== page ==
A new name for the plug-in hybrid (PHEV) core BMW models is drafted in for the latest addition to the part-electrified fold, the BMW 740e, which wears the epithet 'iPerformance'. You can have this thing in regular wheelbase and rear-wheel drive (called simply the 740e), long wheelbase and rear-wheel drive (740Le), or long wheelbase and all-wheel drive, which is what we've tested here, the 740Le xDrive iPerformance -it might just be the pick of BMW's magnificent flagship range.
In the metal
Very little is different about the BMW 740Le xDrive iPerformance compared to, say, a 730d. BMW claims it wanted people to be readily aware that customers of the Seven PHEV were driving the hybrid, but you'll need to be fairly eagle-eyed to spot the blue highlights in the twin kidney grilles or small rings of blue surrounding the propeller roundels on the alloy wheels. Much better to clock either: a) the plug-in charging 'filler' flap on the 740Le's nearside front wing, or b) the badging liberally applied to the big BMW's exterior. Aside from the 'Le' after the model number (or just plain 'e' if you've not opted for the long wheelbase), there's an 'eDrive' logo on the C-pillar and then perhaps the key addition for some new BMW family branding, which is a blue-tinged 'i' aft of the wheelarch. Look, you can see it, just there - nestled between the plug-in port and that upswept bit of chrome trim leading from the sills.
Imagine, if you will, the core BMW models - for example, just your regular or garden 3 Series or similar - at the centre of a five-point axis. Going to the left, you have M Performance models (e.g. the M235i, about to be replaced by the M240i) at point two and then full M cars (M4) at point one. In the other direction, the i brand - comprising the BMW i3 and i8 - sits at point five. Which leaves a nice, neat gap to be filled by any regular BMW that has felt the touch of the i Division. Thus, iPerformance is born and brings balance to the BMW Group force. Or something. The 740Le might be the first to wear this fresh nomenclature, but it will be appended to all future part-electric models that aren't full 'i-cars' and also the existing BMW PHEVs in the form of the X5 xDrive40e, 225xe Active Tourer and the 330e. Which means that, if you were an early adopter of these three cars and you've got an example without an 'i' on the wing, you could be sitting on a collectible rarity. Maybe not.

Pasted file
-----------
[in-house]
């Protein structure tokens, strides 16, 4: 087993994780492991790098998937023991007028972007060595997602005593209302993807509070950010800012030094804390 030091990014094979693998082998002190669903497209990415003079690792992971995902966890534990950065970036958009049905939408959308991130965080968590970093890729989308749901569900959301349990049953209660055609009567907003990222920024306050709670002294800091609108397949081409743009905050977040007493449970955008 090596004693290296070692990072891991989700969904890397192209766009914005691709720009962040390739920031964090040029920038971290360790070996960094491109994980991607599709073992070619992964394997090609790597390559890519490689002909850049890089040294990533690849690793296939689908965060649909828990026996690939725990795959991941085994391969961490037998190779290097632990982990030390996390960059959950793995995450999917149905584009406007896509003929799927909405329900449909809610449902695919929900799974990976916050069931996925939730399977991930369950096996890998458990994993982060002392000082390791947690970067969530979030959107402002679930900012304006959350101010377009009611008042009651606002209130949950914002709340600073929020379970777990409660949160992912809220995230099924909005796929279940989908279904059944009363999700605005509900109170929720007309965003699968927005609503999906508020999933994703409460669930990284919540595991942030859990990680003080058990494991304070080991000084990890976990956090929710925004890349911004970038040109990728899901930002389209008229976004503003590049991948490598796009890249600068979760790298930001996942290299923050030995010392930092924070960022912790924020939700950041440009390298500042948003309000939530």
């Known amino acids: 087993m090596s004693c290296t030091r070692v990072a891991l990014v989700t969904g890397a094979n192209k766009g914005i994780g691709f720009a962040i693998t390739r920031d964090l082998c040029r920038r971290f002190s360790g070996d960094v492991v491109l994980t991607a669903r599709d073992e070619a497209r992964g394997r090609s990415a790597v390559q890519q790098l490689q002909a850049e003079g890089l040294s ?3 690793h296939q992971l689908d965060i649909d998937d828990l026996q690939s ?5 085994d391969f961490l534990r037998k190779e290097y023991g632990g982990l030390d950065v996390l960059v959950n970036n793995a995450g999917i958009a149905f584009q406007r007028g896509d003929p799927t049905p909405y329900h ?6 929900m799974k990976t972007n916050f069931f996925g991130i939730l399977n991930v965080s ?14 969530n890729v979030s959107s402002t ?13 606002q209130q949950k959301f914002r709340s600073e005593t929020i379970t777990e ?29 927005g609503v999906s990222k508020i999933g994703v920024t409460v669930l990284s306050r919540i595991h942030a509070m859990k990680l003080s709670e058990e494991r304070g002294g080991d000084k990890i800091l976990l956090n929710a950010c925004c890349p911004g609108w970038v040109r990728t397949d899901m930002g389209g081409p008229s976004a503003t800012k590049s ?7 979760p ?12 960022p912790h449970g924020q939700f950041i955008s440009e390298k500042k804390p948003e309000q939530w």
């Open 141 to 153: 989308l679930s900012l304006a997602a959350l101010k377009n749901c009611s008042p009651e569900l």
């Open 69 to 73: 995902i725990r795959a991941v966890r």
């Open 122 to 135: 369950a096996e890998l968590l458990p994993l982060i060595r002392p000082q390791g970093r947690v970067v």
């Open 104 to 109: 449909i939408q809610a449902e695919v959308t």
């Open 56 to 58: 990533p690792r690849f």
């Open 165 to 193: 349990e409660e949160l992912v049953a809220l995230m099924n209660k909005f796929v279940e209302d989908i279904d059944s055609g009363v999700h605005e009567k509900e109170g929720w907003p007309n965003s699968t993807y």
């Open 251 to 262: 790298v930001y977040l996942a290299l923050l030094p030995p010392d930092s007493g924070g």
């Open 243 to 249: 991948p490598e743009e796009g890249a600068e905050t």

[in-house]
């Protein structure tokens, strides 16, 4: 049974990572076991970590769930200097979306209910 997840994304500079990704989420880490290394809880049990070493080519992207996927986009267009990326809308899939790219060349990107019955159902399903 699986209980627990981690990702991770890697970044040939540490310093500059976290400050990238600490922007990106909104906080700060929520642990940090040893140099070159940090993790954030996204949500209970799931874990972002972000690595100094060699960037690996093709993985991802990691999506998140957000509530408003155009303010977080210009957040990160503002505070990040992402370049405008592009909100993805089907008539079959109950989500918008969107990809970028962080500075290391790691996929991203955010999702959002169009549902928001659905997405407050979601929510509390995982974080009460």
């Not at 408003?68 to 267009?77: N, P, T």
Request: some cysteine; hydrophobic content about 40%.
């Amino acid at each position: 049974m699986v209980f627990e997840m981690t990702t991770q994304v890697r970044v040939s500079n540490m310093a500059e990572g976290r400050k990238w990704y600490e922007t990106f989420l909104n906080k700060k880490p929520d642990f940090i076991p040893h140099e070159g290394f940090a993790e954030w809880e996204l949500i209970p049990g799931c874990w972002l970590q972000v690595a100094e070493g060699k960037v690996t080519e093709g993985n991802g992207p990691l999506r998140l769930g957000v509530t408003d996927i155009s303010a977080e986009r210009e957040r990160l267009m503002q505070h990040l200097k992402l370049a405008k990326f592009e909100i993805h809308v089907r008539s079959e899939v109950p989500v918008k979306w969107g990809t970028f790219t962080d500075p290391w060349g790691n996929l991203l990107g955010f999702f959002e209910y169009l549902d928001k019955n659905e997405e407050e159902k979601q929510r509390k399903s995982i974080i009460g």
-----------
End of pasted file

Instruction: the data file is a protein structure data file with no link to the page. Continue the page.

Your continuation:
Anyway, enough of the OCD corporate naming exercises. Inside, the 740Le is as sensational as any other 7 Series, with the addition of extra gauges for the electrical systems on board and the eDrive control switch on the centre console. It's all laid out and displayed intelligently, while the quality of the fixtures and fittings is of the very highest calibre, so it feels a wonderful thing to sit in front or back. Packaging constraints, though, mean that with the lithium-ion battery pack under the rear seats, both the boot and the fuel tank have been squeezed. The former is down around 100 litres on a normal Seven, to 420 litres in total, while the latter sees a big drop from 75- to 46 litres. Nevertheless, BMW claims that if the 740Le is brimmed with unleaded and the battery is fully charged, you can cover more than 600km before needing to replenish your multiple resources.
This might seem wilfully contradictory of us, to give full marks to the 740Le when we weren't blown away by another physically large, luxury vehicle toting an almost identical drivetrain - that being the X5 xDrive40e. There are some tiny differences to note, in that the 740Le is more powerful and torquey than the X5; overall outputs stand at 326hp and 500Nm here, when they're pegged at 313hp/450Nm for the petrol-electric SUV. The synchronous motor is the same 83kW (113hp) unit, but it's the 2.0-litre TwinPower Turbo up front that packs the gains for the 7 Series, its 258hp and 400Nm making this the most powerful four-cylinder engine BMW has ever built.
And whether BMW has carried out other, hidden tricks to improve the refinement of the drivetrain or not, the bigwigs aren't saying, but within about 500 metres of driving the 740Le you realise this is easily the most superb non-i BMW PHEV yet. The Seven's Carbon Core technology manages to stop it feeling as hefty as the X5 40e and with masses of sound deadening - as befits a Teutonic flagship - the added bulk of the Li-ion battery pack and the xDrive system, and the ability to waft around on full electric power without any vibration from the engine, this is luxury motoring honed to the ultimate degree. Any concerns that a four-cylinder 7 Series would be needlessly coarse go flying out of the window as you hum along in sumptuous comfort and reverential silence.